[nonmember]Additional section reserved for members[/nonmember][ismember]Over the past decade Boeing has delivered 60 F-15Ks ‘Slam eagle’ strike fighters to Seoul since 2002. The current variant represents the latest evolution of the F-15 Eagle, employing an AESA radar, latest generation avionics and Large Area Display (LAD) based cockpit design and reconfigured conformal fuel tanks that include internal weapon’s bays carrying missiles and air/ground weapons, reducing the aircraft radar cross-section signature (RCS) to near-stealth level. It doesn’t offer the same radar signature reduction as an F-35 and is only optimized for air-to-air combat stealth. What it does offer is greatly improved radar stealth over the F-15K and internal weapons.

Throughout the bidding process Boeing stressed the benefits Seoul will gain from the interoperability and existing production base, supporting the F-15SE with the F-15K models purchased in the first two stages of its fighter modernization programs. The Royal Saudi Air Force (RSAF) has also selected this F-15SE configuration for its fighter modernization plan.

Boeing has already established a significant industrial partnership with Korean companies supporting the F-15K program, where Korea was responsible for 40% of production and 25% of assembly. Such cooperation is expected to be continued or widened under the follow-on production run. For example, for the F-15K, the fuselage and wings were supplied by Korea Aerospace Industries. In November 2010, Boeing signed an agreement with Korea Aerospace Industries for KAI to design, develop and manufacture the conformal weapons bay for the F-15SE. KAI has previously produced wings and forward fuselages for the F-15SG and could therefore benefit from the sales of new F-15s to Saudi Arabia.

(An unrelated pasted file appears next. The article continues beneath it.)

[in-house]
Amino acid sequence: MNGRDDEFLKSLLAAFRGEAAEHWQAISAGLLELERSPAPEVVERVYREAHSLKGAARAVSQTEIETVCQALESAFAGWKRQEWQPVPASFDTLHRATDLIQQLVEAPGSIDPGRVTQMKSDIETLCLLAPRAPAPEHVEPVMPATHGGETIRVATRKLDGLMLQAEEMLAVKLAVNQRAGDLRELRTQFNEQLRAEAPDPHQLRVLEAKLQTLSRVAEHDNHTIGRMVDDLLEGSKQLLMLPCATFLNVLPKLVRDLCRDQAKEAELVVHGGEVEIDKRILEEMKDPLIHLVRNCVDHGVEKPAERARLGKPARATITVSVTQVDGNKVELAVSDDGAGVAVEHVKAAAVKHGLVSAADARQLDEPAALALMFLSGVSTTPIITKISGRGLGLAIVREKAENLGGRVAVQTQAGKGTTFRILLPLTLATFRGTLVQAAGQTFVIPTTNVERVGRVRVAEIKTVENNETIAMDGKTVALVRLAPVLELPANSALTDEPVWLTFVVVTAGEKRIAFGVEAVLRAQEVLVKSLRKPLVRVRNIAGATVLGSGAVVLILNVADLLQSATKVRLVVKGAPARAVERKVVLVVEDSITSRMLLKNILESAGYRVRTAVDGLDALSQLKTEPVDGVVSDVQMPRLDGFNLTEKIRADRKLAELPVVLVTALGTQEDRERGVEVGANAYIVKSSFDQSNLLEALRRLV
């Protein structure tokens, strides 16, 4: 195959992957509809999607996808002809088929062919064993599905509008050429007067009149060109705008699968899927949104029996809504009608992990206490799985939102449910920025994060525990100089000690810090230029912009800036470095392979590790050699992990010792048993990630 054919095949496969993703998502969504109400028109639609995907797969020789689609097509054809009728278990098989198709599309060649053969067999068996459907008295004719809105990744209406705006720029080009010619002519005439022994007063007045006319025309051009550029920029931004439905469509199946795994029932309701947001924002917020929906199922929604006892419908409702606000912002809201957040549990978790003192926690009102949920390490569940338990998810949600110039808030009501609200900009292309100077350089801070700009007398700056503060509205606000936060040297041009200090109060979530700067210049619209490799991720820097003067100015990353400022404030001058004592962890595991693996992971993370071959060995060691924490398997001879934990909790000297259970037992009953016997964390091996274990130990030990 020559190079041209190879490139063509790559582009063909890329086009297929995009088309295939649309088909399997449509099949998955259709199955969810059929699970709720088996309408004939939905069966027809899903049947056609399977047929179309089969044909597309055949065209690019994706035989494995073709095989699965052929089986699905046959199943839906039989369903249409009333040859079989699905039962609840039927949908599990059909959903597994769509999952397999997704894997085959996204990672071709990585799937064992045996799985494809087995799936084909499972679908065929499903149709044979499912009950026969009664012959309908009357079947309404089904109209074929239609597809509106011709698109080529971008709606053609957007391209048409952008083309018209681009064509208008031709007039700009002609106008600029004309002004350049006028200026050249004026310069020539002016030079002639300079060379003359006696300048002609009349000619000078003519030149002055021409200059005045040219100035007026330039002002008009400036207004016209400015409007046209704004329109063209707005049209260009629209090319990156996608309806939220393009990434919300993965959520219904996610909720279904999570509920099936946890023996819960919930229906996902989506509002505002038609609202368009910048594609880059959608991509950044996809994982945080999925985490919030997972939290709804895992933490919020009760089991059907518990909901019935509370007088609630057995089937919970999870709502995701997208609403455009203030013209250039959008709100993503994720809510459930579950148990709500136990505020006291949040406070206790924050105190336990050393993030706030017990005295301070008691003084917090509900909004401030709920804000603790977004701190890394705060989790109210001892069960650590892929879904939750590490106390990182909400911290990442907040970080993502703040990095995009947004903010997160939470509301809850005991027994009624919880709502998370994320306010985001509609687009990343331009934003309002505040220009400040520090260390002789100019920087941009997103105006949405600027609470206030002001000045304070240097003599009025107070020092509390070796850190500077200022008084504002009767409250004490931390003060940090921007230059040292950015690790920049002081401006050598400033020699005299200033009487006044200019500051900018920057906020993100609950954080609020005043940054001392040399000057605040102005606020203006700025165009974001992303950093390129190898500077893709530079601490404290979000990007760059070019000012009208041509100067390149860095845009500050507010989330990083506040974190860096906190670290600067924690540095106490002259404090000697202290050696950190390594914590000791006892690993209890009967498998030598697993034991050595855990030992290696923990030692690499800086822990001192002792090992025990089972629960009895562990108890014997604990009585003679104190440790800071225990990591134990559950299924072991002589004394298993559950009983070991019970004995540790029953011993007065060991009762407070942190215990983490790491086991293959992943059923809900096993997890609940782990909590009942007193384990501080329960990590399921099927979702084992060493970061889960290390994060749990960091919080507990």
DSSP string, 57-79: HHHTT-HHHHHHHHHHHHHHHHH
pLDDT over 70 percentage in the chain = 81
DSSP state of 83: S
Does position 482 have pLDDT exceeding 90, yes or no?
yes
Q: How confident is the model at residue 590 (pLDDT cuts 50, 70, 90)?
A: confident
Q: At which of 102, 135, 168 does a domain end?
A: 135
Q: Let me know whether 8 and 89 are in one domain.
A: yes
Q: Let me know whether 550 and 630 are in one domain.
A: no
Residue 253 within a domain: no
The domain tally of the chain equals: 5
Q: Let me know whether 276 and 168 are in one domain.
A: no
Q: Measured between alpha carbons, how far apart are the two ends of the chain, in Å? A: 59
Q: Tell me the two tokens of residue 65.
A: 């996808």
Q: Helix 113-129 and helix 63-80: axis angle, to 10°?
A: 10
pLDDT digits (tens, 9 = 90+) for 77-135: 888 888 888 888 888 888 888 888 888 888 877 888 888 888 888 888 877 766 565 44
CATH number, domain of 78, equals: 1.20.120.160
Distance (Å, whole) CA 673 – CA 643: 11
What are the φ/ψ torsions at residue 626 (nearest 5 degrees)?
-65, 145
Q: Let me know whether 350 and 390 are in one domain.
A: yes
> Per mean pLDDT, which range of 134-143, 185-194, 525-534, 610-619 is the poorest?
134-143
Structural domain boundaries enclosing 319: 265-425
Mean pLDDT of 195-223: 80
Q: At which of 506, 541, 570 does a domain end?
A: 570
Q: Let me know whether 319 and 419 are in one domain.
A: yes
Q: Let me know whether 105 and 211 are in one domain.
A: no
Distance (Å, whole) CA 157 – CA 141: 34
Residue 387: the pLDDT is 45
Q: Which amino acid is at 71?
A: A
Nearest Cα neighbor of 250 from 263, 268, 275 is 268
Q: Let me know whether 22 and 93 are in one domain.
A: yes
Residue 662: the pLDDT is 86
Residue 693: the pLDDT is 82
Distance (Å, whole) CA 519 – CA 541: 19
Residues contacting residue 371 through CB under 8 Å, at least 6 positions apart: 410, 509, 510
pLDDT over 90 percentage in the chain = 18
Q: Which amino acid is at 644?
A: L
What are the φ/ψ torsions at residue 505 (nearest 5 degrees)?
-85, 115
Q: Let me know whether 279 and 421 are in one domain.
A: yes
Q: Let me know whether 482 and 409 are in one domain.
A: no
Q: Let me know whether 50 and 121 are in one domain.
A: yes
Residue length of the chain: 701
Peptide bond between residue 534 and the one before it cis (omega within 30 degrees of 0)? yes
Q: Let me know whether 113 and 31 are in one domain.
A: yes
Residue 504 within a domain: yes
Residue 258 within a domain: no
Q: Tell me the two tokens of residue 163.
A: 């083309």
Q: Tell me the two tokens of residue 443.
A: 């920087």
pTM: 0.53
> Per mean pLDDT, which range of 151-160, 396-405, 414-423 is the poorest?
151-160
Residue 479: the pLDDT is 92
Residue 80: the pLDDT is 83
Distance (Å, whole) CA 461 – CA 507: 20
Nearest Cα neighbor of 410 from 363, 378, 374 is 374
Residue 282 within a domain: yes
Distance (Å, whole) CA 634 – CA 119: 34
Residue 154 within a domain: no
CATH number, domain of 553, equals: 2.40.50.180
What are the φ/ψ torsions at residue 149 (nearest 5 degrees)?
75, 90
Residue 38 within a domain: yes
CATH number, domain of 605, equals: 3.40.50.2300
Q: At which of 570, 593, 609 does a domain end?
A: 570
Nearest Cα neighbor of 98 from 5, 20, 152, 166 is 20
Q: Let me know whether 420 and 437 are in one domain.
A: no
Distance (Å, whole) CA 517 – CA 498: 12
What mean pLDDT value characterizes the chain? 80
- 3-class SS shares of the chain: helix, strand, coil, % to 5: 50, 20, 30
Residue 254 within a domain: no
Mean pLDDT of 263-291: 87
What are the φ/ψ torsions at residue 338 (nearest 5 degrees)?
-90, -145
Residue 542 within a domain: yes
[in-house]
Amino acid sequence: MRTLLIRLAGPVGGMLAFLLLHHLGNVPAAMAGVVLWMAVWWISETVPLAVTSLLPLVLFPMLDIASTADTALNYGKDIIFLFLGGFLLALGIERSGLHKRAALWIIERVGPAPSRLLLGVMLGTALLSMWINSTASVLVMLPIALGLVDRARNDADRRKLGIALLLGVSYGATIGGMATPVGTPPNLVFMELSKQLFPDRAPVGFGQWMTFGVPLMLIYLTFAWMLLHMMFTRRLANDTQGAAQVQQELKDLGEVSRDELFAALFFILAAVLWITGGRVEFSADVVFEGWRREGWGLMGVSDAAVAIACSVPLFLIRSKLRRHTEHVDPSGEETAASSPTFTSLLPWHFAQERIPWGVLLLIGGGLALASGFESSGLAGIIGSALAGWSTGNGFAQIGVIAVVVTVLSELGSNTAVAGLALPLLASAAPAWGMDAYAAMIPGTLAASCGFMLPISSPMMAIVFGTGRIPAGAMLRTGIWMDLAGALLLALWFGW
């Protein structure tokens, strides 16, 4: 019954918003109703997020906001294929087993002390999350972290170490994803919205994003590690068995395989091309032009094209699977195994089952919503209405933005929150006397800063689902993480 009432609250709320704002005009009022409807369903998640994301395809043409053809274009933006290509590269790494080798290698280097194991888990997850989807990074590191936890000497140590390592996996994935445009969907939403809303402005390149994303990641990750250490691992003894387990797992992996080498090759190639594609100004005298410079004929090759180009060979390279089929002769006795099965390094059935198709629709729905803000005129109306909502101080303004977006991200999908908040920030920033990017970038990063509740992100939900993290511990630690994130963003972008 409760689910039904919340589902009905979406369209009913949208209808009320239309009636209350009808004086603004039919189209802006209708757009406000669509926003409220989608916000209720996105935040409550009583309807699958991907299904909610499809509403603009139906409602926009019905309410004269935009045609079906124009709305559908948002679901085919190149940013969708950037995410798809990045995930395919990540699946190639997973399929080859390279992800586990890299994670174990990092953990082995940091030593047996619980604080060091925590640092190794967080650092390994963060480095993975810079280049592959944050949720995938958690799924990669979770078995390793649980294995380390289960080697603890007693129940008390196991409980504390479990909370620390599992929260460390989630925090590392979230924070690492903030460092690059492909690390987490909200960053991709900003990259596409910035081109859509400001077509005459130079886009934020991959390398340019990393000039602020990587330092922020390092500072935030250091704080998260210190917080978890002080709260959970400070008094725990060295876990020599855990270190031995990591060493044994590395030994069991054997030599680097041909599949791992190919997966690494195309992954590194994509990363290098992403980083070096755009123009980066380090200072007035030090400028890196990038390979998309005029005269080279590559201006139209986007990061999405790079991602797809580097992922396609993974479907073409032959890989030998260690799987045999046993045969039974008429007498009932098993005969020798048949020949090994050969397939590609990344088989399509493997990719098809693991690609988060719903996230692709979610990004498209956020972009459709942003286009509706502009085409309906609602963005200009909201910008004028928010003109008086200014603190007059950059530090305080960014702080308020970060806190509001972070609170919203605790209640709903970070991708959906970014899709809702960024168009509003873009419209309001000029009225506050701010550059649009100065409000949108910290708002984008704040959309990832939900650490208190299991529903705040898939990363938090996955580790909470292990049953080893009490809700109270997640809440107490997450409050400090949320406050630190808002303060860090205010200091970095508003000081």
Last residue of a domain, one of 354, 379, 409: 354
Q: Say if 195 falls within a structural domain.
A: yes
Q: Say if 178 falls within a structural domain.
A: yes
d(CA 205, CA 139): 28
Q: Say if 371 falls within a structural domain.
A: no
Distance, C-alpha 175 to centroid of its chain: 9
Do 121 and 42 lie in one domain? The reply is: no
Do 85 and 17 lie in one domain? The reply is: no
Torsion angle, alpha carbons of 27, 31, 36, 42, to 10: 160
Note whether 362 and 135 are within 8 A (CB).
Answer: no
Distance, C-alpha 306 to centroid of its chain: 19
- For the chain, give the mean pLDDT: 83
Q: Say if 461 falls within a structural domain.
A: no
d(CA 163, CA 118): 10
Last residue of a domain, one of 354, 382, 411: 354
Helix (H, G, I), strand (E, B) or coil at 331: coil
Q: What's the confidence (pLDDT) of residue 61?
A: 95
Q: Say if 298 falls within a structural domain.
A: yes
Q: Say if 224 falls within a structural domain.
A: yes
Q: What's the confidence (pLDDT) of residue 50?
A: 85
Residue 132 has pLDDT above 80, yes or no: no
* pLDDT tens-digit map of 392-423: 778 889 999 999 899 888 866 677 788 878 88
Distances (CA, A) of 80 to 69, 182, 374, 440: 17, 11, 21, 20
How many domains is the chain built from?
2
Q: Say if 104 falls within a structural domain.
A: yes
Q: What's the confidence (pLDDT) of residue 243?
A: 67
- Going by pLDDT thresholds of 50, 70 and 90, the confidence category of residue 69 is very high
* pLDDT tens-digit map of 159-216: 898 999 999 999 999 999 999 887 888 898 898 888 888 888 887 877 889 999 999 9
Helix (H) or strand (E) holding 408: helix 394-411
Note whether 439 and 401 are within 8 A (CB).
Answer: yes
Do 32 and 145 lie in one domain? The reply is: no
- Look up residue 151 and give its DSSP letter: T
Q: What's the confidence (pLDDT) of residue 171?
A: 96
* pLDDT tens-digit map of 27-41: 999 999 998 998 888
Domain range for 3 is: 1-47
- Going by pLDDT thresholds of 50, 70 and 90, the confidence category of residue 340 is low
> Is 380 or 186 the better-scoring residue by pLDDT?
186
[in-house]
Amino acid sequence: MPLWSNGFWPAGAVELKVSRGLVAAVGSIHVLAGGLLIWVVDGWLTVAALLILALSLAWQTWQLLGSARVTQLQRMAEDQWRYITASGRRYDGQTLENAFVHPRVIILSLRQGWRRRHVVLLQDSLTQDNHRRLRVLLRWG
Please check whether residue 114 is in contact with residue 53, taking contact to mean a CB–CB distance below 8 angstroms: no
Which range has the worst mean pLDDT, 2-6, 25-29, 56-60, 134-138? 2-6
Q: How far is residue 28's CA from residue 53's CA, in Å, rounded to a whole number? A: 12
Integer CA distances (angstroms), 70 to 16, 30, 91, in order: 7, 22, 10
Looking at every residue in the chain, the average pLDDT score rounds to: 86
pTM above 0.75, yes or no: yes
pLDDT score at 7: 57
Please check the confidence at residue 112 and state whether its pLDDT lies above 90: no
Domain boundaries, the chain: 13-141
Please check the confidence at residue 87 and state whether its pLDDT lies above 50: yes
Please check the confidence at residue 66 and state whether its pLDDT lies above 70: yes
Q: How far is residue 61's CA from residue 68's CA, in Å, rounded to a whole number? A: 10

Another local supplier to benefit from the selection of F-15SE is Samsung Techwin, locally producing the F100-229 afterburning turbofans under license. These engines are common with the the RoKAF F-15K and KF-16 fleet. Raytheon will provide the APG-82 AESA radar, the previous model used the Raytheon APG-63(V)1, locally produced by LIG Nex1. Electronic warfare suite (EW jammer and Radar Warning Receiver (RWR) were supplied by Samsung Thales.

For the F-15K LIG Nex1 was also responsible for some of the cockpit displays in the F-15K. The new variant will use new systems developed for Boeing fighter aircraft by Elbit Systems. These systems rely on modern Large Area Display (LAD) and new-generation helmet mounted sighting and display system. In May 2013 Elbit Systems announced the establishment of a local joint venture called Sharp Elbit Systems Aerospace, Inc. (SESA). According to the founders, the new company will be the third company specializing in aviation electronic component manufacturing, aiming to become the third largest avionic system provider in South Korea, following LIG Nex1 and Samsung Thales.[/ismember]